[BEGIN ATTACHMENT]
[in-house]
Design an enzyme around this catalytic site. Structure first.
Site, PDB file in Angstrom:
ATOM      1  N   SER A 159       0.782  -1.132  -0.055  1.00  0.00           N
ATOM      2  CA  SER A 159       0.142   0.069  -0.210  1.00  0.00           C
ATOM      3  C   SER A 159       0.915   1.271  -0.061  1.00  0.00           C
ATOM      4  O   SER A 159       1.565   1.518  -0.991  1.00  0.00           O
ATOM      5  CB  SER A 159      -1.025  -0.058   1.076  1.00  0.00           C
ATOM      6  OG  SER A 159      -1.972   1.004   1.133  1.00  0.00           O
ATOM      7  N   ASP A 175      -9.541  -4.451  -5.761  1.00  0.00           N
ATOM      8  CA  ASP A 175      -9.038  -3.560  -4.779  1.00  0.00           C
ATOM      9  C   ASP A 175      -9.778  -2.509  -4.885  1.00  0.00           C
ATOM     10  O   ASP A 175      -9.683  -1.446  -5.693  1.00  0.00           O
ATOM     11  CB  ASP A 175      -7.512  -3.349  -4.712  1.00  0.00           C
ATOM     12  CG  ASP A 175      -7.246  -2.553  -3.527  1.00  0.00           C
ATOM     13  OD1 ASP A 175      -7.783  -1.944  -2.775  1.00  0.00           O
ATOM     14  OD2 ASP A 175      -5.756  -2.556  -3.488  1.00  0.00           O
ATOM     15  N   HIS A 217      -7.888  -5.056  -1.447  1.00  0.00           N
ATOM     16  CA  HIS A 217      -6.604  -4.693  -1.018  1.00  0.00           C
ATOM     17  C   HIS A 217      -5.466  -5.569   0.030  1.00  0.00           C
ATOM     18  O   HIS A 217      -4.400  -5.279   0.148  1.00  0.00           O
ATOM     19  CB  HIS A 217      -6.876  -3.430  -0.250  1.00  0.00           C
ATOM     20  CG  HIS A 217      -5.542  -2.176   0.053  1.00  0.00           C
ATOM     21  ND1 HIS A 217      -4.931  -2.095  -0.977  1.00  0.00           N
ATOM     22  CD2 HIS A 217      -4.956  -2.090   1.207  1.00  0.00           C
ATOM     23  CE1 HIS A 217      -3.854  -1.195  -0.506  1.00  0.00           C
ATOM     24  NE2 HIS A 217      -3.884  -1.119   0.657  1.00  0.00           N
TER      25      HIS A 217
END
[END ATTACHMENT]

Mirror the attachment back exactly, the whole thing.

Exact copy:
[in-house]
Design an enzyme around this catalytic site. Structure first.
Site, PDB file in Angstrom:
ATOM      1  N   SER A 159       0.782  -1.132  -0.055  1.00  0.00           N
ATOM      2  CA  SER A 159       0.142   0.069  -0.210  1.00  0.00           C
ATOM      3  C   SER A 159       0.915   1.271  -0.061  1.00  0.00           C
ATOM      4  O   SER A 159       1.565   1.518  -0.991  1.00  0.00           O
ATOM      5  CB  SER A 159      -1.025  -0.058   1.076  1.00  0.00           C
ATOM      6  OG  SER A 159      -1.972   1.004   1.133  1.00  0.00           O
ATOM      7  N   ASP A 175      -9.541  -4.451  -5.761  1.00  0.00           N
ATOM      8  CA  ASP A 175      -9.038  -3.560  -4.779  1.00  0.00           C
ATOM      9  C   ASP A 175      -9.778  -2.509  -4.885  1.00  0.00           C
ATOM     10  O   ASP A 175      -9.683  -1.446  -5.693  1.00  0.00           O
ATOM     11  CB  ASP A 175      -7.512  -3.349  -4.712  1.00  0.00           C
ATOM     12  CG  ASP A 175      -7.246  -2.553  -3.527  1.00  0.00           C
ATOM     13  OD1 ASP A 175      -7.783  -1.944  -2.775  1.00  0.00           O
ATOM     14  OD2 ASP A 175      -5.756  -2.556  -3.488  1.00  0.00           O
ATOM     15  N   HIS A 217      -7.888  -5.056  -1.447  1.00  0.00           N
ATOM     16  CA  HIS A 217      -6.604  -4.693  -1.018  1.00  0.00           C
ATOM     17  C   HIS A 217      -5.466  -5.569   0.030  1.00  0.00           C
ATOM     18  O   HIS A 217      -4.400  -5.279   0.148  1.00  0.00           O
ATOM     19  CB  HIS A 217      -6.876  -3.430  -0.250  1.00  0.00           C
ATOM     20  CG  HIS A 217      -5.542  -2.176   0.053  1.00  0.00           C
ATOM     21  ND1 HIS A 217      -4.931  -2.095  -0.977  1.00  0.00           N
ATOM     22  CD2 HIS A 217      -4.956  -2.090   1.207  1.00  0.00           C
ATOM     23  CE1 HIS A 217      -3.854  -1.195  -0.506  1.00  0.00           C
ATOM     24  NE2 HIS A 217      -3.884  -1.119   0.657  1.00  0.00           N
TER      25      HIS A 217
END